Could the Earth really be flat?

So, you’ve been told you’ve been lied to your whole life, and the idea of a flat earth made more sense everyday, and before you knew it, you were a true believer. Those bastards are never gonna fool you again.

Figure 1: the flat world

OK then! So… would you be interested in looking into some geometric properties on this flat Earth with me?

Unfortunately there is no official flat Earth map that can help us calculate distances (you may have heard that building one would be too expensive), so we have to believe Google Maps for that (for now, at least). I’ve found this website that uses Google Maps under the hood to calculate distances between cities. As long as those distances don’t cross an ocean, we can probably believe there’s some truth to them. If they were too wrong, people would start noticing, right?

So, I picked 3 pairs of cities:
* San Francisco — Washington DC, on the North
* Quito — Macapá, on the Equator
* Perth — Sydney, on the South
And those are the flying distances I got. And it’s OK, if you don’t believe for a second that those distances are correct, keep reading and I promise you’ll still get something useful out of this article! ;)

Figure 2:

Now, you may also notice that I’ve picked “horizontal” distances, meaning, the cities I picked have roughly the same latitudes.

Speaking of which, maybe I should talk a little bit about what latitude and longitude are, just to level our understanding about it. So you probably heard about latitudes and longitudes. It’s those numbers that if you feed into a GPS, they can locate any point in the world. Which one is which again?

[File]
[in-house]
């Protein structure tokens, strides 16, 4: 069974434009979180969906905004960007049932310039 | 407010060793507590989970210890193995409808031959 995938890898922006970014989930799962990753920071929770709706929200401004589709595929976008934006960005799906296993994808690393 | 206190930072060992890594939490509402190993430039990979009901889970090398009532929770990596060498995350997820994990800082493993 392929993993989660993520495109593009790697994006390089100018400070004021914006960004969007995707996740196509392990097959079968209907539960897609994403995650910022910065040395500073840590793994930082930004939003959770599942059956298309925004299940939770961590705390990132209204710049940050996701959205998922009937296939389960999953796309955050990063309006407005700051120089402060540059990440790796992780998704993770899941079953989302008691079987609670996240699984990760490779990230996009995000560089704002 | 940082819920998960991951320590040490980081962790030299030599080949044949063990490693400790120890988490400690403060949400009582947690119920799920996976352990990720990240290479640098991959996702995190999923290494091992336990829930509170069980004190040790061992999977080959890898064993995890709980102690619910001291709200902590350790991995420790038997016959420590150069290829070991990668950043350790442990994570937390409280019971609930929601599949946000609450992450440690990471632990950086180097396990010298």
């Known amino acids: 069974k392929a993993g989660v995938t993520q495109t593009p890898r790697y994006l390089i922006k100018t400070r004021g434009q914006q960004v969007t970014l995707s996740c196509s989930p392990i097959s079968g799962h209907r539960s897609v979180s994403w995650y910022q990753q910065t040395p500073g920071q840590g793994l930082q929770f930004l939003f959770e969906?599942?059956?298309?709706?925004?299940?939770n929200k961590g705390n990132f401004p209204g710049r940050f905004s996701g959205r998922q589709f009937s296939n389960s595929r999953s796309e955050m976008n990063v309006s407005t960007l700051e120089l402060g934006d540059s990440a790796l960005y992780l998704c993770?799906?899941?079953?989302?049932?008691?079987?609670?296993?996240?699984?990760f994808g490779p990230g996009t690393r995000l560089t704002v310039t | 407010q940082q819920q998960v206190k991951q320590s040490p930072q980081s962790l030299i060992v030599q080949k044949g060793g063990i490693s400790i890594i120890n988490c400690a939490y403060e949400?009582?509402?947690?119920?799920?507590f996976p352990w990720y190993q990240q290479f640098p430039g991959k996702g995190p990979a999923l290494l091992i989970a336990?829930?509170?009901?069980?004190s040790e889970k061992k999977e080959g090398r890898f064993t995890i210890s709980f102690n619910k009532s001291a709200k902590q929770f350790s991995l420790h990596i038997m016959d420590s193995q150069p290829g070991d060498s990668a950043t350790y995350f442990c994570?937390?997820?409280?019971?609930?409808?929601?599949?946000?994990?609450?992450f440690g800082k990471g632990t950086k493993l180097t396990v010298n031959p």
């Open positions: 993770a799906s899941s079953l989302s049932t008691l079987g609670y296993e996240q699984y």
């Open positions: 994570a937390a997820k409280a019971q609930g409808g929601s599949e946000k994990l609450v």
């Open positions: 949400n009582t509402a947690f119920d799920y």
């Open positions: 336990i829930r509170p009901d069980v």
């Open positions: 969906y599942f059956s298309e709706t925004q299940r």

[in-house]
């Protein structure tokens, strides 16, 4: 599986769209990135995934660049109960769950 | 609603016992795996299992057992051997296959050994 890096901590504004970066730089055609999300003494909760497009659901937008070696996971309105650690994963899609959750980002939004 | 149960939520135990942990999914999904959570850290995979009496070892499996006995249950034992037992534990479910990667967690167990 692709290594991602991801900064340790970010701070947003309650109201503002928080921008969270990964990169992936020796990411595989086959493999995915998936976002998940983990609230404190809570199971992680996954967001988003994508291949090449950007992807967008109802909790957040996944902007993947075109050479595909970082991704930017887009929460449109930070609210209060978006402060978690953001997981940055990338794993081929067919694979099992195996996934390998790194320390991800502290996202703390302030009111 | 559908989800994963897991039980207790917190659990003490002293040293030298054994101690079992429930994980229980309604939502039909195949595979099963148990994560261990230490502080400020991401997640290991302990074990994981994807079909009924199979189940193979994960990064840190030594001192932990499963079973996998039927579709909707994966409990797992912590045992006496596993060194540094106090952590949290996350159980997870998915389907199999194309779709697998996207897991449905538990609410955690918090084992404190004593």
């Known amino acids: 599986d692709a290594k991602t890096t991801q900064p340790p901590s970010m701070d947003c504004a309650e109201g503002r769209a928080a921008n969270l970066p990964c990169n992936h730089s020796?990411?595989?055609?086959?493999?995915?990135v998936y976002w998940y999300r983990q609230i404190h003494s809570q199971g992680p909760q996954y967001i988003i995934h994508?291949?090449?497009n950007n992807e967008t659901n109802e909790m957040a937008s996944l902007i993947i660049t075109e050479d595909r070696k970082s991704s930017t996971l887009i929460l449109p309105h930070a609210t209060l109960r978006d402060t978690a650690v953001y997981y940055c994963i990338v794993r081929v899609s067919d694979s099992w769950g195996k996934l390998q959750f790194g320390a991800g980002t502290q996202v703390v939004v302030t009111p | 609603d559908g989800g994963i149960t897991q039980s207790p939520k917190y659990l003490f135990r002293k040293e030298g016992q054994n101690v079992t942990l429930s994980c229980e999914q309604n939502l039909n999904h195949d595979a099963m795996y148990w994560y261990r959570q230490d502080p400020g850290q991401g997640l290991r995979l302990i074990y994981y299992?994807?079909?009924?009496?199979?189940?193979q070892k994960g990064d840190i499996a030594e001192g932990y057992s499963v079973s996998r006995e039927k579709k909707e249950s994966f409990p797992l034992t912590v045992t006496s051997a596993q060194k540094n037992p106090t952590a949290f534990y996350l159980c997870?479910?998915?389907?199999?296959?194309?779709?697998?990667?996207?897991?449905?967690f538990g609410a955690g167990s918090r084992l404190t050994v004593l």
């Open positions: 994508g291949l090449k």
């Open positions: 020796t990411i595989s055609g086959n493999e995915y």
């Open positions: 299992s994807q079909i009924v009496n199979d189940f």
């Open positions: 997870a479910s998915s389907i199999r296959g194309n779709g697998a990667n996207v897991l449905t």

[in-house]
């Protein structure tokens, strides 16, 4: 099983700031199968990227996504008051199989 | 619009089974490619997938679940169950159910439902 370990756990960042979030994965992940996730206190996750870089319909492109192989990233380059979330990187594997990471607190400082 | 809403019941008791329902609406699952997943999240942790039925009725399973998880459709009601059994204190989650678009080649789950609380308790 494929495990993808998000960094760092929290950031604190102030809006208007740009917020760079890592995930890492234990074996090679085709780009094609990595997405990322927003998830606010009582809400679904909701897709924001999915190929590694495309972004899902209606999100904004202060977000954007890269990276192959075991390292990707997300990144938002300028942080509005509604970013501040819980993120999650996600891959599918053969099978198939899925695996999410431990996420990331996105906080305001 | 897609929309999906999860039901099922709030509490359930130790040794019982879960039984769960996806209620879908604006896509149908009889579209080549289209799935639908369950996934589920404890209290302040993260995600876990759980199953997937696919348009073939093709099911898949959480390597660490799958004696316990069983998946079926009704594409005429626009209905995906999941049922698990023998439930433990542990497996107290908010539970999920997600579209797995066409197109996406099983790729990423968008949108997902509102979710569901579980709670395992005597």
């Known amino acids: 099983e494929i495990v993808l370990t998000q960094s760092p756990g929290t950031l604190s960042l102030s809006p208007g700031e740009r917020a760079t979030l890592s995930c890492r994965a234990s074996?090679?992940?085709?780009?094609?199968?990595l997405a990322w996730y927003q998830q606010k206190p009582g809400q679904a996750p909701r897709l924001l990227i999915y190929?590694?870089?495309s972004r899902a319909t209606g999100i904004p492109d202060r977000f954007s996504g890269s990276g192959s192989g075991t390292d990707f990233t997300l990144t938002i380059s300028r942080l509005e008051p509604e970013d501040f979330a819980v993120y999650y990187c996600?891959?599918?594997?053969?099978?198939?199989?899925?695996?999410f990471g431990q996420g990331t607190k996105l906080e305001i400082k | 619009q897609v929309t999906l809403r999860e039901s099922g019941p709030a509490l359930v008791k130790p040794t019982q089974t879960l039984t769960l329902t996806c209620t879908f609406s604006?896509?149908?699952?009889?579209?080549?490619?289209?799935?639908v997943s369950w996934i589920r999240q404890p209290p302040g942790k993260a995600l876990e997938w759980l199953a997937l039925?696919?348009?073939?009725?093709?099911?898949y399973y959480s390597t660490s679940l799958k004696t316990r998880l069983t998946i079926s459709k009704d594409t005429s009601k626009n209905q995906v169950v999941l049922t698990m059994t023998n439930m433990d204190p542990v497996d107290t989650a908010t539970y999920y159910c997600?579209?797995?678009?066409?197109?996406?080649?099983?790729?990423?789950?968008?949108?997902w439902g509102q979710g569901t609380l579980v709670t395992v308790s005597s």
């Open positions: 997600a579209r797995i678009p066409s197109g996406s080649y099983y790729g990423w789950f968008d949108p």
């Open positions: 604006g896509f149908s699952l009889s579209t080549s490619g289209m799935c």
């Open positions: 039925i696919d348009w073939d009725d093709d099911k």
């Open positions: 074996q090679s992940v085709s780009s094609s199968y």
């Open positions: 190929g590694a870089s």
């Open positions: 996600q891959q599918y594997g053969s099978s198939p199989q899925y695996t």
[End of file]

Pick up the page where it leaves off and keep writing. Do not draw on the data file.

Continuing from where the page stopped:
* Latitude is the thing that changes if you move up and down (North and South). It goes from -90º to 90º.
* Longitude is the thing that changes if you move left and right (East and West). It goes from -180º to 180º
So… maybe it’s something like this?

Figure 3: The lat-lon system, except it’s not

Well… no. On the flat Earth, North is not a fixed direction, it’s rather always pointing to the center of a circle, so this would be a more accurate representation:

Figure 4: The lat-lon system in a flat map

And if you combine the two, the intersection of a longitude straight line with a latitude circle, you can still locate a single point in the world. Brilliant!

Now, let’s examine longitudes more carefully. Longitudes seem to be tracking the angle to the North Pole, right? So, for example, if you get city A at longitude 15º and city B at longitude 45º, then the angle between A, B and the North Pole should, in theory, be 30º, right? Here’s an exercise you might wanna do: find some cities in the world and mark then in a printed flat world map. Then see if their longitude differences match the angles that you can measure on paper (they should!).

There’s also an interesting relationship between longitude and TIME. The sun should be completing a full 360º worth of longitude in 24h. This means that it must be going at 15º/hour. So we should be able to observe a 2h difference between the hypothetical cities A and B above, which have a 30º longitude difference. Maybe we can find some concrete examples of that?

Figure 5: longitudes and time differences

Looking at the table above, we can see that time differences follow more or less a 15º/hour ratio. This may not be exactly the case when the longitude difference is not that big (see San Francisco — WashingtonDC). That’s because of timezones, which truncates the time differences to the next full hour. Nice!

OK, so did you know that common people like you and me can actually measure those kinds of longitudinal angles? We can use the shadow of the sun to tell time, then for example, if
* Shadow in city A says it’s noon
* 2h pass
* Shadow in city B says it’s noon